By Arthur Peirce & Claire Kalsbeek
In some ways, the education system in Zambia could be considered quite comprehensive. At a glance, by the time a student has graduated from university in Zambia, they will have experienced seven years of primary schooling, five years of secondary education, and a four-year undergraduate degree. Though this may sound ideal, very few students actually manage to obtain this level of formal education.
Zambia belongs to both the African Charter of Human Rights and the UN's Convention of the Rights of the Child. Both internationally recognized treaties affirm that education is a right for all children. Though it has been agreed that equal opportunity should be offered, we still observe that a lack of accessibility to formal schooling very much exists in Zambia. To understand the complexity of this issue we must first consider some statistics about enrollment rates, gender equality and accessibility.
At the moment, Zambia has a primary school enrollment rate of 87.9% (UNICEF). However, for many children in Zambia, this is where education ends, as the enrollment rate for secondary school falls sharply, with only 42.9% of children successfully enrolling. According to the World Bank, the gross enrollment rate for tertiary education stands at 4% (2012).
Many children in Zambia, through no fault of their own, have to confront a series of socio-economic barriers which make continuing their educational journey difficult or even impossible. For example, many families frankly aren’t able to financially afford the costs of schooling. In rural areas, with no easy method of transportation, simply getting to school can be extremely difficult. Some children might experience challenging home lives, or may have responsibilities that prevent them from regular schooling.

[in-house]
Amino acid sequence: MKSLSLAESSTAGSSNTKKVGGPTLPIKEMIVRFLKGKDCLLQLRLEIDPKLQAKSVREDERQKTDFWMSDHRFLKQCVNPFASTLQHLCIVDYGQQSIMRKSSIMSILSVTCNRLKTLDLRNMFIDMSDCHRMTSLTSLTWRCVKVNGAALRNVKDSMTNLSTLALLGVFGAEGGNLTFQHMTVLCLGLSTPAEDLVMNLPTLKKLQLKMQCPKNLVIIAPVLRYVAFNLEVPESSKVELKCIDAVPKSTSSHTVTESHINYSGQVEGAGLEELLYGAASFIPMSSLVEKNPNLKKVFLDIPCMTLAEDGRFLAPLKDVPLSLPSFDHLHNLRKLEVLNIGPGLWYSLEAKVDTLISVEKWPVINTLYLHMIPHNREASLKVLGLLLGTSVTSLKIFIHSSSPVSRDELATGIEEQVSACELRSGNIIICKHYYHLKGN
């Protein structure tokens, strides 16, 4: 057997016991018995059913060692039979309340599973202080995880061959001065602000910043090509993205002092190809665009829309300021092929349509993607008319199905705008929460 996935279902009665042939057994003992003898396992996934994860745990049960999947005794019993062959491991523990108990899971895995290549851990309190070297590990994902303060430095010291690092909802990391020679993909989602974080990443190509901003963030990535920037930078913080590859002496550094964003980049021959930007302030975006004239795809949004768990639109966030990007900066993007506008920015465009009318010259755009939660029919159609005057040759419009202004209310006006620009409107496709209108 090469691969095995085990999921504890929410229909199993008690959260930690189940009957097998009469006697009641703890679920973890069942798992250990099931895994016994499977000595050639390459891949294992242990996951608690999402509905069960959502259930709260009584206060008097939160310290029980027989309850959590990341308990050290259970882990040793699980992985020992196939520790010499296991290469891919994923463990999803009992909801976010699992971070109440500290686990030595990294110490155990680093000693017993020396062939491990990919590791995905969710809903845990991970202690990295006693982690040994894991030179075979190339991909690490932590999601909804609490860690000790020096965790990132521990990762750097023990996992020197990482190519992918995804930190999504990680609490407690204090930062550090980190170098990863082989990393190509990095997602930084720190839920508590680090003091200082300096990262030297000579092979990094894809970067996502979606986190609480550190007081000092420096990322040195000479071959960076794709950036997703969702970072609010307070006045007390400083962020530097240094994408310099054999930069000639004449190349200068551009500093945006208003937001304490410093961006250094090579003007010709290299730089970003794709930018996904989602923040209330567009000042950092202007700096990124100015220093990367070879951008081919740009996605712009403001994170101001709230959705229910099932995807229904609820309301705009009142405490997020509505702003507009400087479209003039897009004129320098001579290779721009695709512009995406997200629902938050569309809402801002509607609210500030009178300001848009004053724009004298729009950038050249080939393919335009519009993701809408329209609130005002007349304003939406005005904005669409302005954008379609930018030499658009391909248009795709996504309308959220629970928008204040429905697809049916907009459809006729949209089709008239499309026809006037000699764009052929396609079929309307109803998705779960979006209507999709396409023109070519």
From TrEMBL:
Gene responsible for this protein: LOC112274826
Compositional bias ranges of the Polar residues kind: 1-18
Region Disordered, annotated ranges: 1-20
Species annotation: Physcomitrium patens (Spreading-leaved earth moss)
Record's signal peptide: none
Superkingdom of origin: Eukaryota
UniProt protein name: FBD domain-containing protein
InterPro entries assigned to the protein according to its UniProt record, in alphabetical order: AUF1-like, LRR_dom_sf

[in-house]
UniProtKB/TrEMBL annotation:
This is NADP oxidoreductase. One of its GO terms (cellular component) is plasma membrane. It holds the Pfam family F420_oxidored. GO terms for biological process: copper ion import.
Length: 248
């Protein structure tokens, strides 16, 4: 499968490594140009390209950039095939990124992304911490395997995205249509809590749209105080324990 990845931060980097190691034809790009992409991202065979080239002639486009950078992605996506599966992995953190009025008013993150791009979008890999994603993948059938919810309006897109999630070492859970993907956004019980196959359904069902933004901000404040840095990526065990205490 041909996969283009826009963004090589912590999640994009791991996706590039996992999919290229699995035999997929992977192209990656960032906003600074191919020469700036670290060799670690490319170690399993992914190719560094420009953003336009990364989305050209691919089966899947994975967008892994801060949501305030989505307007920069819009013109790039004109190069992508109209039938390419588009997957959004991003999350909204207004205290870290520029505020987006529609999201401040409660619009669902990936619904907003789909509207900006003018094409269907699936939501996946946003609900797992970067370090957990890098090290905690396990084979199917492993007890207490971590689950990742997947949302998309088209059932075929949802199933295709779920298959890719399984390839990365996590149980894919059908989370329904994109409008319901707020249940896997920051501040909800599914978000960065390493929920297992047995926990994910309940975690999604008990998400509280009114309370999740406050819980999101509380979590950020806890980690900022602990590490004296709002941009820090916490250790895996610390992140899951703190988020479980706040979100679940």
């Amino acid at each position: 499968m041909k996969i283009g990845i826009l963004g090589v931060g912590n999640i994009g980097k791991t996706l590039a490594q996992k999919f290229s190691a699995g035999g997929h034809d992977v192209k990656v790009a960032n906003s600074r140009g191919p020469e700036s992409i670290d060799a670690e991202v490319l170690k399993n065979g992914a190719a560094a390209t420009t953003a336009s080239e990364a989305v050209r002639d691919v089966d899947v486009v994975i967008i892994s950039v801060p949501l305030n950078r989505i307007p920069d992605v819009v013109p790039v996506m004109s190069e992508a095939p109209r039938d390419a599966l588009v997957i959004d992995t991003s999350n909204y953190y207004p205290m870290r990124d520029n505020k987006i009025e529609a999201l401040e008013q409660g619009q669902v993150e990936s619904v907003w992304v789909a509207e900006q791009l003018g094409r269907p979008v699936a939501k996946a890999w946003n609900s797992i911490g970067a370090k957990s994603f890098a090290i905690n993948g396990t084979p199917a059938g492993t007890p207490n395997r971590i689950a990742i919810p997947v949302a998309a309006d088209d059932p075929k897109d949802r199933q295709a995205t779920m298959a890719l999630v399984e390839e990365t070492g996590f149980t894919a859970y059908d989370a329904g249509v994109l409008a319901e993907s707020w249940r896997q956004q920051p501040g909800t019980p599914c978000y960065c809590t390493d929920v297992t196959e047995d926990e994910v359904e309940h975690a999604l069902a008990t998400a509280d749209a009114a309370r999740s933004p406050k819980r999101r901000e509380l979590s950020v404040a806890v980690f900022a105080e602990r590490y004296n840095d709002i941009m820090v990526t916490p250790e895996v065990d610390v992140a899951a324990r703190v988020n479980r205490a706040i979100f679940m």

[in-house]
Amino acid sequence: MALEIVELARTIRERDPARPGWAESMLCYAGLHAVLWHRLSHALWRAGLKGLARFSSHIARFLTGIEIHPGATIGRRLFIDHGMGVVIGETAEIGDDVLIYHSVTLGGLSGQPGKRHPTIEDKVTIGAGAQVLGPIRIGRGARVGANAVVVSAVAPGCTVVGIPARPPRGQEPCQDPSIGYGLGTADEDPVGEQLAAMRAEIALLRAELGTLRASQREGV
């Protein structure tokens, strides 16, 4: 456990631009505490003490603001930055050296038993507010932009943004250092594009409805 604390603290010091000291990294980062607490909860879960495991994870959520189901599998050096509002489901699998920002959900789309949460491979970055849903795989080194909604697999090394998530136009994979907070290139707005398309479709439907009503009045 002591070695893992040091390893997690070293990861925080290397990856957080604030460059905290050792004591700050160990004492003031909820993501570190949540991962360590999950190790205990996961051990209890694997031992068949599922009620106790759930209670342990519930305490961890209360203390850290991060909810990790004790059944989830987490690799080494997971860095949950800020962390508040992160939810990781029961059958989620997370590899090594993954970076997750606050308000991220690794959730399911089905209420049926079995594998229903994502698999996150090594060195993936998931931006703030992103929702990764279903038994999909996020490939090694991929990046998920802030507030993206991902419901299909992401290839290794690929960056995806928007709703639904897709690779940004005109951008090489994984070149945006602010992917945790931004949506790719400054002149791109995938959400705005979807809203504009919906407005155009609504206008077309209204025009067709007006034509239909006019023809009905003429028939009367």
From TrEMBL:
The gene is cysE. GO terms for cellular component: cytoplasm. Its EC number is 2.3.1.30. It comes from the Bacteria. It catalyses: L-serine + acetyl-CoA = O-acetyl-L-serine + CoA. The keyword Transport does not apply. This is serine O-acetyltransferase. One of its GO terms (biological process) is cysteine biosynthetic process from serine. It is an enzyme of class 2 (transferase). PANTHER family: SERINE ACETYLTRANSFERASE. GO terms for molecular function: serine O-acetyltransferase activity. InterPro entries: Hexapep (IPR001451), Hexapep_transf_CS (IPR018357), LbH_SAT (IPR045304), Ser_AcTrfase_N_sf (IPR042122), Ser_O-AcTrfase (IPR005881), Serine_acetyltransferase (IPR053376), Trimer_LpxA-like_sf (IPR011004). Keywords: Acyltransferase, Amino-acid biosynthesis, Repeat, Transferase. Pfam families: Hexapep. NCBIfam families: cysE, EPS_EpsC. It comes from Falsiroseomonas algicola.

By Zambian law and its commitment to the right to education, both male and female students should have equal access to education. The unfortunate reality is that there remains a substantial gender gap in the classroom. According to the United Nations Educational, Scientific, and Cultural Organisation (UNESCO) the literacy rate of males aged 15 or older stood at 90%, whereas for females, the number dropped to 83%. While the percentage for both genders is low, girls experience additional barriers including issues like teen pregnancies, early marriage and in some areas the lack of importance placed on female education.
The aforementioned issues are, of course, exacerbated for homeless, orphaned, or displaced children who are 2.1 times more likely to report low life satisfaction in Zambia. Another statistic that displays the disparity marginalized children are facing is that they are 14.4 times less likely to achieve the baseline level of mathematics proficiency compared to their peers. According to the Organisation for Economic Co-operation and Development’s (OECD) figures, only 5% of graduating students achieve the minimum level of proficiency at reading and just 2% in mathematics. Statistics like these are irrefutable and show that the gaps in the Zambian education system exist, and there is much work to be done.
Modzi works to provide academic scholarship and unique mentorship opportunities for children coming from severely impoverished backgrounds and ultimately facilitate their access to quality education. We advocate for those who have been neglected and who are struggling not for lack of ability, but for lack of opportunity. Our modzi method has three main focuses differentiating our model for student success as it’s individualized, holistic and sustainable. We tailor our programs to each student’s needs in order to best support their inspiring potential. And we strongly believe that change starts with one.
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